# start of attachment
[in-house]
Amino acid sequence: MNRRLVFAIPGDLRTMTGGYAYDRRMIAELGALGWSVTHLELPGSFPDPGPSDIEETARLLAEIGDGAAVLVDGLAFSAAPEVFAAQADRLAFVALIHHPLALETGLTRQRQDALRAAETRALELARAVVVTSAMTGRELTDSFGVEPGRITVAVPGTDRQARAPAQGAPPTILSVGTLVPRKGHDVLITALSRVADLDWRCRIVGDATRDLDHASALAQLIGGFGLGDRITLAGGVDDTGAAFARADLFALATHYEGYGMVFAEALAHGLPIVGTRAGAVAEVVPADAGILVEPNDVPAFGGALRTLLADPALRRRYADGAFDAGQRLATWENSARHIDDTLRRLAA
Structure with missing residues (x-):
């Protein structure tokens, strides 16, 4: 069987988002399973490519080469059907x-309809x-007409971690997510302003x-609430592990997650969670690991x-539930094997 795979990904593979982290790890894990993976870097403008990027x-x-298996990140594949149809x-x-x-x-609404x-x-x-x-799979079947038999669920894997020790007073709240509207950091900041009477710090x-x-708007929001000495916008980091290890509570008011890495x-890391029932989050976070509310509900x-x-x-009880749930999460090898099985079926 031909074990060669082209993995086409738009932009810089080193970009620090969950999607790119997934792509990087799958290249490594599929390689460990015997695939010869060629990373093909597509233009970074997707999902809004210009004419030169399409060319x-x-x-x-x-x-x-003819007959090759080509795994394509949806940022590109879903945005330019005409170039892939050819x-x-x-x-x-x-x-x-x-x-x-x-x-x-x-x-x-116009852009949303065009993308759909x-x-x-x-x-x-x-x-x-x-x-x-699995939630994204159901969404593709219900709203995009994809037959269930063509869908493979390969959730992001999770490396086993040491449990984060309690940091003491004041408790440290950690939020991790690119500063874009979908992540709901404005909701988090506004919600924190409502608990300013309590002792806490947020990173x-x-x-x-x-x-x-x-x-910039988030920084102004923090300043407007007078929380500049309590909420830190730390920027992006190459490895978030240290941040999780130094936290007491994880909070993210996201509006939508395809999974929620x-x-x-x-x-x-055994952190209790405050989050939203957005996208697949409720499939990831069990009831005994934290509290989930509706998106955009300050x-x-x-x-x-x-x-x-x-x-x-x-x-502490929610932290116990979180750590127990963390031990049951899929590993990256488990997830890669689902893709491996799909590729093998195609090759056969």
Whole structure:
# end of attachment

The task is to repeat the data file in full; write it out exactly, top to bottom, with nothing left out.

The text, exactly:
[in-house]
Amino acid sequence: MNRRLVFAIPGDLRTMTGGYAYDRRMIAELGALGWSVTHLELPGSFPDPGPSDIEETARLLAEIGDGAAVLVDGLAFSAAPEVFAAQADRLAFVALIHHPLALETGLTRQRQDALRAAETRALELARAVVVTSAMTGRELTDSFGVEPGRITVAVPGTDRQARAPAQGAPPTILSVGTLVPRKGHDVLITALSRVADLDWRCRIVGDATRDLDHASALAQLIGGFGLGDRITLAGGVDDTGAAFARADLFALATHYEGYGMVFAEALAHGLPIVGTRAGAVAEVVPADAGILVEPNDVPAFGGALRTLLADPALRRRYADGAFDAGQRLATWENSARHIDDTLRRLAA
Structure with missing residues (x-):
């Protein structure tokens, strides 16, 4: 069987988002399973490519080469059907x-309809x-007409971690997510302003x-609430592990997650969670690991x-539930094997 795979990904593979982290790890894990993976870097403008990027x-x-298996990140594949149809x-x-x-x-609404x-x-x-x-799979079947038999669920894997020790007073709240509207950091900041009477710090x-x-708007929001000495916008980091290890509570008011890495x-890391029932989050976070509310509900x-x-x-009880749930999460090898099985079926 031909074990060669082209993995086409738009932009810089080193970009620090969950999607790119997934792509990087799958290249490594599929390689460990015997695939010869060629990373093909597509233009970074997707999902809004210009004419030169399409060319x-x-x-x-x-x-x-003819007959090759080509795994394509949806940022590109879903945005330019005409170039892939050819x-x-x-x-x-x-x-x-x-x-x-x-x-x-x-x-x-116009852009949303065009993308759909x-x-x-x-x-x-x-x-x-x-x-x-699995939630994204159901969404593709219900709203995009994809037959269930063509869908493979390969959730992001999770490396086993040491449990984060309690940091003491004041408790440290950690939020991790690119500063874009979908992540709901404005909701988090506004919600924190409502608990300013309590002792806490947020990173x-x-x-x-x-x-x-x-x-910039988030920084102004923090300043407007007078929380500049309590909420830190730390920027992006190459490895978030240290941040999780130094936290007491994880909070993210996201509006939508395809999974929620x-x-x-x-x-x-055994952190209790405050989050939203957005996208697949409720499939990831069990009831005994934290509290989930509706998106955009300050x-x-x-x-x-x-x-x-x-x-x-x-x-502490929610932290116990979180750590127990963390031990049951899929590993990256488990997830890669689902893709491996799909590729093998195609090759056969």
Whole structure: